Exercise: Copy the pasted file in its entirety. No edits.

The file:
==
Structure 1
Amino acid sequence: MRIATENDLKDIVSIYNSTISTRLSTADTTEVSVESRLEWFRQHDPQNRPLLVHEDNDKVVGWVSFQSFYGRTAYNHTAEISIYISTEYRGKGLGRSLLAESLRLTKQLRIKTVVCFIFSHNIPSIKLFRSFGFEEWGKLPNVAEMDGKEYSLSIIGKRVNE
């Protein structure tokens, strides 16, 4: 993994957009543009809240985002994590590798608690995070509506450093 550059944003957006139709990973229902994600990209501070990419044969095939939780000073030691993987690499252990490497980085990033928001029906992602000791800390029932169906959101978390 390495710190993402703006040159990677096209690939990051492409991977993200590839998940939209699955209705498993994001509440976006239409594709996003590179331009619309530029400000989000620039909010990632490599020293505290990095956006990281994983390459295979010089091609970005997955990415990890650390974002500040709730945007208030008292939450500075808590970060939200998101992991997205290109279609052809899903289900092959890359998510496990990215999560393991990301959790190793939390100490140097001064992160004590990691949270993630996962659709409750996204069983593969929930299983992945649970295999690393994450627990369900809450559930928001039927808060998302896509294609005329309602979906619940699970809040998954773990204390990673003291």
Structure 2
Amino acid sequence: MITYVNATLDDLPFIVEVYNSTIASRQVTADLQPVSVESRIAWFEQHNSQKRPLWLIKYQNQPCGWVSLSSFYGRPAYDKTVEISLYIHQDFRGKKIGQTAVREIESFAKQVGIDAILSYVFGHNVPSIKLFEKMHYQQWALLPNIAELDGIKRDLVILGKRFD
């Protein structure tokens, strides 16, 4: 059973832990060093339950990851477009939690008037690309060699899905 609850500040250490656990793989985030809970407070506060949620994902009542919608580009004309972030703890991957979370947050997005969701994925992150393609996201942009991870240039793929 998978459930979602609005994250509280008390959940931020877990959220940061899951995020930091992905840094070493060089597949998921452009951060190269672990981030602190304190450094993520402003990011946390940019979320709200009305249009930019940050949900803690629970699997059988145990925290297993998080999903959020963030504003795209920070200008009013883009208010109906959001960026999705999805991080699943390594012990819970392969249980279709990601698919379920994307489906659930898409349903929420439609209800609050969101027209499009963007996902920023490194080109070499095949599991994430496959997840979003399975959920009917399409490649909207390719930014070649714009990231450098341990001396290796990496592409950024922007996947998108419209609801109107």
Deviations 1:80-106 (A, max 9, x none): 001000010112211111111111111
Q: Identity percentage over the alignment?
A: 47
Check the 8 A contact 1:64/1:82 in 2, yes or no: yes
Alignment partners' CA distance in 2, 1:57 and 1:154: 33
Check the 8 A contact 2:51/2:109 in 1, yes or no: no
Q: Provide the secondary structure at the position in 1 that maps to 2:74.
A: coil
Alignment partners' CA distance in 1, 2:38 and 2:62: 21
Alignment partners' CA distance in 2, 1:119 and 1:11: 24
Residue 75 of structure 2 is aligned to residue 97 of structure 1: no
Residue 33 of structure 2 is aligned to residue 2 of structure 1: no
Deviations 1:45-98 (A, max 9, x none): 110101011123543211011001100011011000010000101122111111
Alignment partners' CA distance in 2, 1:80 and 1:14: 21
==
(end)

Structure 1
Amino acid sequence: MRIATENDLKDIVSIYNSTISTRLSTADTTEVSVESRLEWFRQHDPQNRPLLVHEDNDKVVGWVSFQSFYGRTAYNHTAEISIYISTEYRGKGLGRSLLAESLRLTKQLRIKTVVCFIFSHNIPSIKLFRSFGFEEWGKLPNVAEMDGKEYSLSIIGKRVNE
């Protein structure tokens, strides 16, 4: 993994957009543009809240985002994590590798608690995070509506450093 550059944003957006139709990973229902994600990209501070990419044969095939939780000073030691993987690499252990490497980085990033928001029906992602000791800390029932169906959101978390 390495710190993402703006040159990677096209690939990051492409991977993200590839998940939209699955209705498993994001509440976006239409594709996003590179331009619309530029400000989000620039909010990632490599020293505290990095956006990281994983390459295979010089091609970005997955990415990890650390974002500040709730945007208030008292939450500075808590970060939200998101992991997205290109279609052809899903289900092959890359998510496990990215999560393991990301959790190793939390100490140097001064992160004590990691949270993630996962659709409750996204069983593969929930299983992945649970295999690393994450627990369900809450559930928001039927808060998302896509294609005329309602979906619940699970809040998954773990204390990673003291």
Structure 2
Amino acid sequence: MITYVNATLDDLPFIVEVYNSTIASRQVTADLQPVSVESRIAWFEQHNSQKRPLWLIKYQNQPCGWVSLSSFYGRPAYDKTVEISLYIHQDFRGKKIGQTAVREIESFAKQVGIDAILSYVFGHNVPSIKLFEKMHYQQWALLPNIAELDGIKRDLVILGKRFD
């Protein structure tokens, strides 16, 4: 059973832990060093339950990851477009939690008037690309060699899905 609850500040250490656990793989985030809970407070506060949620994902009542919608580009004309972030703890991957979370947050997005969701994925992150393609996201942009991870240039793929 998978459930979602609005994250509280008390959940931020877990959220940061899951995020930091992905840094070493060089597949998921452009951060190269672990981030602190304190450094993520402003990011946390940019979320709200009305249009930019940050949900803690629970699997059988145990925290297993998080999903959020963030504003795209920070200008009013883009208010109906959001960026999705999805991080699943390594012990819970392969249980279709990601698919379920994307489906659930898409349903929420439609209800609050969101027209499009963007996902920023490194080109070499095949599991994430496959997840979003399975959920009917399409490649909207390719930014070649714009990231450098341990001396290796990496592409950024922007996947998108419209609801109107």
Deviations 1:80-106 (A, max 9, x none): 001000010112211111111111111
Q: Identity percentage over the alignment?
A: 47
Check the 8 A contact 1:64/1:82 in 2, yes or no: yes
Alignment partners' CA distance in 2, 1:57 and 1:154: 33
Check the 8 A contact 2:51/2:109 in 1, yes or no: no
Q: Provide the secondary structure at the position in 1 that maps to 2:74.
A: coil
Alignment partners' CA distance in 1, 2:38 and 2:62: 21
Alignment partners' CA distance in 2, 1:119 and 1:11: 24
Residue 75 of structure 2 is aligned to residue 97 of structure 1: no
Residue 33 of structure 2 is aligned to residue 2 of structure 1: no
Deviations 1:45-98 (A, max 9, x none): 110101011123543211011001100011011000010000101122111111
Alignment partners' CA distance in 2, 1:80 and 1:14: 21